The students will now become researchers themselves and will be given a GPS device to record the present-day form of the Gurgl Glacier. The ice creaks and cracks dully under their feet as they trudge along the rugged glacier tongue, small gray box in hand. All around them it gurgles and bubbles, water flows out of the ice everywhere.
Baumeister waves at them from a distance. "This is where the glacier was three years ago," he exclaims. He has since retreated 45 meters from this spot. "It's amazing how much has melted in such a short time," says Nick, one of the students. At the front, the measured side arm of the glacier has even receded by 120 meters in the last five years. You can't imagine that, Nick thinks. But still much better here on site than in normal classes. The descent leads over a ridge of rubble. Luisa asks if we are now on the lateral moraine. "Exactly, well recognized," praises Baumeister. On the left it goes about 100 meters steeply downhill to the bottom of the valley. "It's unbelievable that 150 years ago all of this was still filled with ice up to our feet," marvels Luisa.
vegetation mapping and alpine farming
Back at the base camp, the Langtalereckhütte, hut host Georg Gufler tells about his childhood. He is 45 years old and grew up here. "40 years ago you could still see the Gurgler Ferner from the hut. Since then, 200 meters of altitude have melted.” He points to a black-and-white photo on the wall. On it you can see the Langtalereckhütte and below it a huge, ridged mass of ice. "That was in 1932, when the glacier still went all the way to the hut." Today it is about three kilometers further back.
The next day we head up the mountain, this time to the 3,233 meter high Eiskögele. Along the way, the youngsters continue their vegetation mapping that they started before climbing up into the high mountains. With pen and paper, they note which plants can be found at which height. A wildly branched green shrub with pink flowers grows along the way. Lea recognizes the plant: "It's a rust-leaved alpine rose, a climate indicator plant." With increasing global warming, you can find them at higher and higher altitudes, because the altitude levels of the vegetation are migrating further upwards. In addition to the melting of the glaciers, this shift in plant life towards the summit is the most obvious change caused by climate change in the Alps.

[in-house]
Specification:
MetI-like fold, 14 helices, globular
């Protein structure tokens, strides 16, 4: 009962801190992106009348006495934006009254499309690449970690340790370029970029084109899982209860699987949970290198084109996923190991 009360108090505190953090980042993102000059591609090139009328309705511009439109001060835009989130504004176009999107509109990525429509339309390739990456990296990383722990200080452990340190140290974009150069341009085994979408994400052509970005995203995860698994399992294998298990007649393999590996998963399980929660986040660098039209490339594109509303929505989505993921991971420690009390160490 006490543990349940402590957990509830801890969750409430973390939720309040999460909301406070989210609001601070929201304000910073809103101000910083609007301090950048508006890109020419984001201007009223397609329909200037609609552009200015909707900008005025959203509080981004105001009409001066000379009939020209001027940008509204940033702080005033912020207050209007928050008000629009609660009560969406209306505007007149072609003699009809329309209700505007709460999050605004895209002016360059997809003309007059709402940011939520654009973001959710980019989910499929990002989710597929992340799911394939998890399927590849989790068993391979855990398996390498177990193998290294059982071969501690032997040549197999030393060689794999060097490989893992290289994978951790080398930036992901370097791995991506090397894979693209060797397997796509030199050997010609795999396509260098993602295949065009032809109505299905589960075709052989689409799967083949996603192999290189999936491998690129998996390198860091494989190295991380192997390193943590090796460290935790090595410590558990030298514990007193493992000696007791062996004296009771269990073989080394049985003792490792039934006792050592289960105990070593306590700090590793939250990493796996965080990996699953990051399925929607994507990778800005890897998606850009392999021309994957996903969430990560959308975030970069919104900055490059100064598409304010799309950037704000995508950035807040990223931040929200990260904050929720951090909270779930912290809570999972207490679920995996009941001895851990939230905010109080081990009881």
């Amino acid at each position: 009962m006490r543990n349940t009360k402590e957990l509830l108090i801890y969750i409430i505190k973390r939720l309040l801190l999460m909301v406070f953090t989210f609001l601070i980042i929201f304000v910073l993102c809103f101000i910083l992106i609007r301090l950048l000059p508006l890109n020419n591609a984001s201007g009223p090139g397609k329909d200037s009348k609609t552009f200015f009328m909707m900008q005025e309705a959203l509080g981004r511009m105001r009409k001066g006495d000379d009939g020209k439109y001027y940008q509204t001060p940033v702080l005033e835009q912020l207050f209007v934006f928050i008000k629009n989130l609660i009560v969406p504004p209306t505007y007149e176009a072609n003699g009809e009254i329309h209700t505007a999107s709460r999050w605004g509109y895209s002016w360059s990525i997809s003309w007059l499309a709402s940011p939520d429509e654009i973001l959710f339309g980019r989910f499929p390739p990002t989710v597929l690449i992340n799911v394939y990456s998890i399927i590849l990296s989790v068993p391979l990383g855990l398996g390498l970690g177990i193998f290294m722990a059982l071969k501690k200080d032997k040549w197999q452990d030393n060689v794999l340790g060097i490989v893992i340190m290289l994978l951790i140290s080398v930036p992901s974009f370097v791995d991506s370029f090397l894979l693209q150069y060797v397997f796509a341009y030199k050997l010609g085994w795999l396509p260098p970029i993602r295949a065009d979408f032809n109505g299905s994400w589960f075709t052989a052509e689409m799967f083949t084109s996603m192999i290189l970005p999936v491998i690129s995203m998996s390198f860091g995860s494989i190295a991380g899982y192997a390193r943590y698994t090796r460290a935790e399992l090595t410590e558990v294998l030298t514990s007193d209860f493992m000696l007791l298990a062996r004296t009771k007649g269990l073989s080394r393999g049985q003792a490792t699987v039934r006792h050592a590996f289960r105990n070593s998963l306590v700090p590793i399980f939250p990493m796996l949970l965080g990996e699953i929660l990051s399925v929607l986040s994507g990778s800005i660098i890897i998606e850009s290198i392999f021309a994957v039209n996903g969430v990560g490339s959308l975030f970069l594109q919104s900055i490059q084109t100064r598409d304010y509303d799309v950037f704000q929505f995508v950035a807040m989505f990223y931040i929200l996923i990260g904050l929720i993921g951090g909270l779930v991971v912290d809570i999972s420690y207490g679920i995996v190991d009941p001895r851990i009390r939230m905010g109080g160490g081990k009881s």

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Next to the group of students, a flock of sheep climbs lightly up the mountain. The students have already become acquainted with this form of agriculture, alpine farming. On the Gleirschalm Baumeister showed them how sustainable alpine farming works the day before they left for the high mountains. In the summer, the cows graze across alternating alpine meadows instead of being fed in the barn with food specially grown for them. As a result, the soil is not depleted and even increases the diversity of species on the alpine meadows. "Alpine farming takes place within the limits of the resources that are sustainably available." However, since not everyone can be supplied with meat every day, one sometimes has to do without it. "In the future I will think twice about whether I really need something or whether there is a more climate-friendly alternative," says Hugo.
Back at the Innsbruck University research center in Obergurgl, the students reflect on the experiences of the past week. "In the short time here I have learned more about sustainability and climate change than in several weeks of classes," says Timo. Nick also finds it “much more effective to experience something like this on site”, and Luisa feels the same way, “because here you can see with your own eyes what climate change is causing. That makes you very aware of it.” She also learned how important it is to communicate climate change so that more people understand the problem. "That's why we want to present the project to the other students in our school," says Hugo. The students want to pass on what they have learned. "We all have to think about what we can do to ensure that the situation doesn't get any worse," says Nick.
André Baumeister is proud that the young people got the message. Another Alpine Climate Summit is planned for next year, for which he is still looking for supporters.